Recent studies linking the fungal composition (Candida) with response to treatment with FMT or infliximab should encourage a more dedicated effort to focus on fungi.28,29 Additionally, prospective longitudinal cohorts including newly diagnosed patients naïve to therapy are currently underway for this purpose.88

Lastly, we need to obtain a better understanding of the interaction between gut fungi and bacteria better. Although the effects of antimicrobials such as antibiotics on fungal composition is well established, less is known about the effect of altering the mycobiome (with antifungals or specific diets/probiotics for example) on bacteria. An integrative analysis using systems biology approaches should enable a better understanding of the trans-kingdom network (bacteria, fungi, virus, and archaea) and how it influences the immune response in the human gut. Future coordinated efforts should now address these issues to permit these findings on the role of fungi in IBD to be incorporated into clinical practice.

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Article

Review Article

Gut and Liver 2023; 17(4): 505-515

Published online July 15, 2023 https://doi.org/10.5009/gnl220537

Copyright © Gut and Liver.

Fecal Fungal Microbiota (Mycobiome) Study as a Potential Tool for Precision Medicine in Inflammatory Bowel Disease

Domingo C. Balderramo1 , Pablo Alberto Romagnoli2 , Atle van Beelen Granlund3,4,5 , Ignacio Catalan-Serra4,5,6

1Department of Gastroenterology, Private Hospital Medical Center of Cordoba S.A., 2Universitarian Institute for Biomedical Sciences of Cordoba (IUCBC), Translational Medicine Research Center "Severo R. Amuchastegui" (CIMETSA). G.V. Medical Research Institute "Mercedes and Martin Ferreyra" (INIMEC-CONICET-UNC), Cordoba, Argentina, 3Department of Gastroenterology and Hepatology, Clinic of Medicine, St. Olav’s University Hospital, 4Department of Clinical and Molecular Medicine (IKOM) and 5Centre of Molecular Inflammation Research, NTNU-Norwegian University of Science and Technology, Trondheim, and 6Department of Medicine, Gastroenterology, Levanger Hospital, Nord-Trøndelag Hospital Trust, Levanger, Norway

Correspondence to:Ignacio Catalan-Serra
ORCID https://orcid.org/0000-0001-9619-7634
E-mail ignacio.catalan@ntnu.no

Received: December 21, 2022; Revised: February 6, 2023; Accepted: February 15, 2023

This is an Open Access article distributed under the terms of the Creative Commons Attribution Non-Commercial License (http://creativecommons.org/licenses/by-nc/4.0) which permits unrestricted non-commercial use, distribution, and reproduction in any medium, provided the original work is properly cited.

Abstract

There is growing evidence of the role of fungal microbiota in the pathogenesis of inflammatory bowel disease (IBD). Fungi can exert direct pro-inflammatory effects or modify the bacterial composition via interkingdom interactions. Although several studies have demonstrated alterations in the fecal fungal microbiota composition in IBD, there is a wide variation in the mycobiome in different populations, with no definite pattern that can define the mycobiome in IBD having yet been identified. Recent work has suggested that characterizing the fecal fungal composition may influence therapeutic decisions and help to predict outcomes in a subset of IBD patients. In this study, we review the current literature on the emerging role of the fecal mycobiome as a potential tool for precision medicine in IBD.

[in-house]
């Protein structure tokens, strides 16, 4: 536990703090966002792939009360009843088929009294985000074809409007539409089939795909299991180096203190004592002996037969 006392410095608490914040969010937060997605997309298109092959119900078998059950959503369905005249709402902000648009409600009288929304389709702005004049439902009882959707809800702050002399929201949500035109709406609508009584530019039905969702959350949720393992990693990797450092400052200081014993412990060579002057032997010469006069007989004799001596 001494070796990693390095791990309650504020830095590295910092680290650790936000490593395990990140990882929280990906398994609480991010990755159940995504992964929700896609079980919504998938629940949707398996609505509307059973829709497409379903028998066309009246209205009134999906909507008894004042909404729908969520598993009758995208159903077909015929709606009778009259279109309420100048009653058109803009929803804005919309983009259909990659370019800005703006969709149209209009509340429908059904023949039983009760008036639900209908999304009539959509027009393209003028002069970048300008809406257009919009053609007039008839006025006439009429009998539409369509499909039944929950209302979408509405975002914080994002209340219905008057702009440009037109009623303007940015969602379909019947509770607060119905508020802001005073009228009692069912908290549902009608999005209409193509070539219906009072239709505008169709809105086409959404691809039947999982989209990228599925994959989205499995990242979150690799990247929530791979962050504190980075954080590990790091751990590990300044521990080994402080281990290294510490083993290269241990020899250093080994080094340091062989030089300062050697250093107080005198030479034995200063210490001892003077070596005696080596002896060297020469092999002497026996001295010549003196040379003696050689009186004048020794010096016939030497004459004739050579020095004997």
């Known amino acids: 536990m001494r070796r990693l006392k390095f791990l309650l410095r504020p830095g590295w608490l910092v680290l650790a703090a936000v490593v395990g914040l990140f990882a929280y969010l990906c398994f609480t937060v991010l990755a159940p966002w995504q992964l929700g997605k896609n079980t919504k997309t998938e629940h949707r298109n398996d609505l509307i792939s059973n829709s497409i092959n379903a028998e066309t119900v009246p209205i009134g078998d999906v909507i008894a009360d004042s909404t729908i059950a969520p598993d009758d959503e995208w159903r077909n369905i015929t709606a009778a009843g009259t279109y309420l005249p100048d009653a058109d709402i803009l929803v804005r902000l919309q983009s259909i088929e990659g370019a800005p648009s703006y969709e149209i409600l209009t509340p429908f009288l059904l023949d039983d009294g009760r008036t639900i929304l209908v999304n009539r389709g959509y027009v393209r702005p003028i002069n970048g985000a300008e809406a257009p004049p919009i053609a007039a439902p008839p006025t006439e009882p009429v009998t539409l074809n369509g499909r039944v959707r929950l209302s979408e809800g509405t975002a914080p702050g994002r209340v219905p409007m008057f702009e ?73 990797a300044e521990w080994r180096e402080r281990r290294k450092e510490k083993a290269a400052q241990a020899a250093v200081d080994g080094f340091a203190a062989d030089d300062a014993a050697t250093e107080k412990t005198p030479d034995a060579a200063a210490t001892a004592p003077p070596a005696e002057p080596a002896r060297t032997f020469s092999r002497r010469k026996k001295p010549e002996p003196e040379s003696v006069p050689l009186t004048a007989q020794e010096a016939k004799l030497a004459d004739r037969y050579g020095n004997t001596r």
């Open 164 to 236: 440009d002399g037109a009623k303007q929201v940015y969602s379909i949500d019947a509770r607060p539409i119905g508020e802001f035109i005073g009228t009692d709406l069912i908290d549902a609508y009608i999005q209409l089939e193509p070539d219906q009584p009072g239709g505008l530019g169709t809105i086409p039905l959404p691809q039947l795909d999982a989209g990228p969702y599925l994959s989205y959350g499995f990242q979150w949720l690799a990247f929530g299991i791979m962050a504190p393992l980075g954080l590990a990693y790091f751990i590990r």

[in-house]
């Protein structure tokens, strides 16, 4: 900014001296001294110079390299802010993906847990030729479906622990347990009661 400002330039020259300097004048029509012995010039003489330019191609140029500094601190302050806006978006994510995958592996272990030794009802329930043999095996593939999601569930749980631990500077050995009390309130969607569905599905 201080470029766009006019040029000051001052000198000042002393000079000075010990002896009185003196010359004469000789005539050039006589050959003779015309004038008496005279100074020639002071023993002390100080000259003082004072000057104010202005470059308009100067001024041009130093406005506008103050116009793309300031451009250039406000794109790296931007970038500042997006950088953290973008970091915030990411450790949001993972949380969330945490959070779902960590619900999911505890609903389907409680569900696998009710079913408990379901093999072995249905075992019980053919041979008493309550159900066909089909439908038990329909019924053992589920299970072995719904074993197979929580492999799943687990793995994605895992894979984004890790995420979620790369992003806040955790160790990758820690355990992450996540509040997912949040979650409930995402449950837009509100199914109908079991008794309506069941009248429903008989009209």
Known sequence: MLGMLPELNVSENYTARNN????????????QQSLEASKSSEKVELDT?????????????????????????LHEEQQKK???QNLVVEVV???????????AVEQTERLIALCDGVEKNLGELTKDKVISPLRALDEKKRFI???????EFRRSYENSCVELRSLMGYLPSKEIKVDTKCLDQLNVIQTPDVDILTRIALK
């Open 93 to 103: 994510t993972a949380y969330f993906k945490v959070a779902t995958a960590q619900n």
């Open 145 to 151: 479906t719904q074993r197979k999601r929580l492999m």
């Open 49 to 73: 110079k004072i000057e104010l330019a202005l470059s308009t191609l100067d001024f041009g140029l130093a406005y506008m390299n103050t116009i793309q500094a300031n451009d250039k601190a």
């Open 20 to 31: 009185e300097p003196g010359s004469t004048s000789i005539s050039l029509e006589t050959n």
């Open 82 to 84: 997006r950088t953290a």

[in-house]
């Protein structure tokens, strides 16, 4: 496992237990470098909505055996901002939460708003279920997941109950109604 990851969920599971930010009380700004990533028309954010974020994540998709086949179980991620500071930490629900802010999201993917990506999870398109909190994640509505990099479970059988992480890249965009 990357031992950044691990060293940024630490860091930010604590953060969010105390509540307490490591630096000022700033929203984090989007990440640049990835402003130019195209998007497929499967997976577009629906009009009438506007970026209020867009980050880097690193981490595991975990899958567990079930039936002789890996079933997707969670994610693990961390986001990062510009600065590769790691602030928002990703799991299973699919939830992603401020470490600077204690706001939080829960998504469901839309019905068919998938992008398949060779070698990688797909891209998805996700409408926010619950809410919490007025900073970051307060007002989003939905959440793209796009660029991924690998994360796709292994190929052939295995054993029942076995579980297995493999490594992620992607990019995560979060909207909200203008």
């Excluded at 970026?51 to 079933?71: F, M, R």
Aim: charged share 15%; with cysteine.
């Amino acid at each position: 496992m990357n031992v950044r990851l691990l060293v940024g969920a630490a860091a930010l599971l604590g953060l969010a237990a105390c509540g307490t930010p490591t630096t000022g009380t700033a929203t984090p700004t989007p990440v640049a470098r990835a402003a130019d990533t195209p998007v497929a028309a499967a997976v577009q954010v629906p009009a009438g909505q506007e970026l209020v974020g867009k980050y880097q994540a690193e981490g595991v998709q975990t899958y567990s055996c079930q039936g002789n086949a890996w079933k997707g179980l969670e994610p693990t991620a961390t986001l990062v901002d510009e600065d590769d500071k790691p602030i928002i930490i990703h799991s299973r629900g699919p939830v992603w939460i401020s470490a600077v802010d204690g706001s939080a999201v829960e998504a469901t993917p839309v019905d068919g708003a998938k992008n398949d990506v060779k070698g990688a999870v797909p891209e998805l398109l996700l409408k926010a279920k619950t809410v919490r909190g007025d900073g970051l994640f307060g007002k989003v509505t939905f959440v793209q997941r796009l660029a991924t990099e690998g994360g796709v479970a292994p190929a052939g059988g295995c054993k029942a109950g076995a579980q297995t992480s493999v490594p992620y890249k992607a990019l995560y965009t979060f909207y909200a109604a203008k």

Keywords: Inflammatory bowel diseases, Microbiome, Mycobiome, Crohn disease, Ulcerative colitis

INTRODUCTION

Inflammatory bowel disease (IBD) is a chronic systemic condition that encompasses both ulcerative colitis (UC) and Crohn’s disease (CD). The etiopathogenesis of IBD is still unknown, but evidence suggests that altered immune responses to gut microbiota perpetuate intestinal inflammation in susceptible individuals.1-3

The gut microbiota is an ecosystem consisting of bacteria, virus, fungi, and archaea. Gut microbes interact with the host immune system and help maintaining epithelial integrity and homeostasis. However, alterations in the microbiome may also contribute to chronic intestinal inflammation when alterations of the gut barrier occur, such as in IBD.4,5 Alterations in the composition of the microbiota (dysbiosis) have been demonstrated both in UC and CD.6 This has led to an active a search for microbiota-based therapeutic interventions in order to restore balance and to control gut inflammation.7,8

Although most of the microbiome studies have focused on the bacterial component, there is increasing evidence of the relevance of viral and fungal dysbiosis in the pathogenesis of IBD.9-11 Interestingly, gut fungi and bacteria and their metabolites form complex interactions as has been demonstrated by the effect of altering bacterial abundance and diversity on fungal overgrowth.12,13 Moreover, the presence of disease-specific bacterial-fungal alterations have been repeatedly shown in patients with IBD, supporting a role for fungi in disease pathogenesis and opening the possibility of modulating fungal microbiota as a therapeutic approach.14,15 In addition, fungal dysbiosis has also been demonstrated in other diseases affecting the gastrointestinal tract, such as in irritable bowel syndrome, Clostridioides difficile infection, colorectal cancer, and cirrhosis.16-19

Fungi represent only a small fraction of the total human gut microbiome (0.1%) with most of the gut fungal species being unculturable.20,21 Nevertheless, the implementation of high-throughput sequencing methods in recent years has allowed for a much more extensive characterization of fungal gut microbiota and the association between fungal dysbiosis and intestinal inflammation.22,23